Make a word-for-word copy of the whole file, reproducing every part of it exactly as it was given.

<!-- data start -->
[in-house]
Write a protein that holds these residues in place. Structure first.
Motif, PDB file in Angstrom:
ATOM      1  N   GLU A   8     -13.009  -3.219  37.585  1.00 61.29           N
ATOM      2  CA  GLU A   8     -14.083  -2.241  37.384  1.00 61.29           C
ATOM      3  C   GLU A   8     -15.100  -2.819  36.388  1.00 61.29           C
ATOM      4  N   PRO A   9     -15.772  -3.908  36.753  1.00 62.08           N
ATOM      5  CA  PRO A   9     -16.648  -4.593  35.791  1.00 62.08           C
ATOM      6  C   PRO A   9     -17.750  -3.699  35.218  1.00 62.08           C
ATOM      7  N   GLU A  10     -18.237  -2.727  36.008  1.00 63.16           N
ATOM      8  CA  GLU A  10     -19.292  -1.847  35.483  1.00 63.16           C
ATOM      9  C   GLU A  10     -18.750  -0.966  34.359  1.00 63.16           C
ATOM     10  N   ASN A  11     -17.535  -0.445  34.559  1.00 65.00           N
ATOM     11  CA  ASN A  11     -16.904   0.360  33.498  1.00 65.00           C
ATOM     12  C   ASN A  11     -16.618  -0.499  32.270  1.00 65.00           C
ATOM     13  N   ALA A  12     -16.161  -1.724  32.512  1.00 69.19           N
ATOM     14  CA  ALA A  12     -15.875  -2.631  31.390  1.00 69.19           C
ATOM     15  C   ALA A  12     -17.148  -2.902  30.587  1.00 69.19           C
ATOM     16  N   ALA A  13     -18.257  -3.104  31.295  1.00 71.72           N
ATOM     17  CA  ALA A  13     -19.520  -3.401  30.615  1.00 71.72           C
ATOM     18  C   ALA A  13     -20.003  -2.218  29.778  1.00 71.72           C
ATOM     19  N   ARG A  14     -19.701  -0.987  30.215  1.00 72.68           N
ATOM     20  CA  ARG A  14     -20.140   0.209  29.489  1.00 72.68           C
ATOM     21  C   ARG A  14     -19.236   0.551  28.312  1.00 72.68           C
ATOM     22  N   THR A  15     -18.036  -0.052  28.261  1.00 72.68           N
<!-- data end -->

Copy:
[in-house]
Write a protein that holds these residues in place. Structure first.
Motif, PDB file in Angstrom:
ATOM      1  N   GLU A   8     -13.009  -3.219  37.585  1.00 61.29           N
ATOM      2  CA  GLU A   8     -14.083  -2.241  37.384  1.00 61.29           C
ATOM      3  C   GLU A   8     -15.100  -2.819  36.388  1.00 61.29           C
ATOM      4  N   PRO A   9     -15.772  -3.908  36.753  1.00 62.08           N
ATOM      5  CA  PRO A   9     -16.648  -4.593  35.791  1.00 62.08           C
ATOM      6  C   PRO A   9     -17.750  -3.699  35.218  1.00 62.08           C
ATOM      7  N   GLU A  10     -18.237  -2.727  36.008  1.00 63.16           N
ATOM      8  CA  GLU A  10     -19.292  -1.847  35.483  1.00 63.16           C
ATOM      9  C   GLU A  10     -18.750  -0.966  34.359  1.00 63.16           C
ATOM     10  N   ASN A  11     -17.535  -0.445  34.559  1.00 65.00           N
ATOM     11  CA  ASN A  11     -16.904   0.360  33.498  1.00 65.00           C
ATOM     12  C   ASN A  11     -16.618  -0.499  32.270  1.00 65.00           C
ATOM     13  N   ALA A  12     -16.161  -1.724  32.512  1.00 69.19           N
ATOM     14  CA  ALA A  12     -15.875  -2.631  31.390  1.00 69.19           C
ATOM     15  C   ALA A  12     -17.148  -2.902  30.587  1.00 69.19           C
ATOM     16  N   ALA A  13     -18.257  -3.104  31.295  1.00 71.72           N
ATOM     17  CA  ALA A  13     -19.520  -3.401  30.615  1.00 71.72           C
ATOM     18  C   ALA A  13     -20.003  -2.218  29.778  1.00 71.72           C
ATOM     19  N   ARG A  14     -19.701  -0.987  30.215  1.00 72.68           N
ATOM     20  CA  ARG A  14     -20.140   0.209  29.489  1.00 72.68           C
ATOM     21  C   ARG A  14     -19.236   0.551  28.312  1.00 72.68           C
ATOM     22  N   THR A  15     -18.036  -0.052  28.261  1.00 72.68           N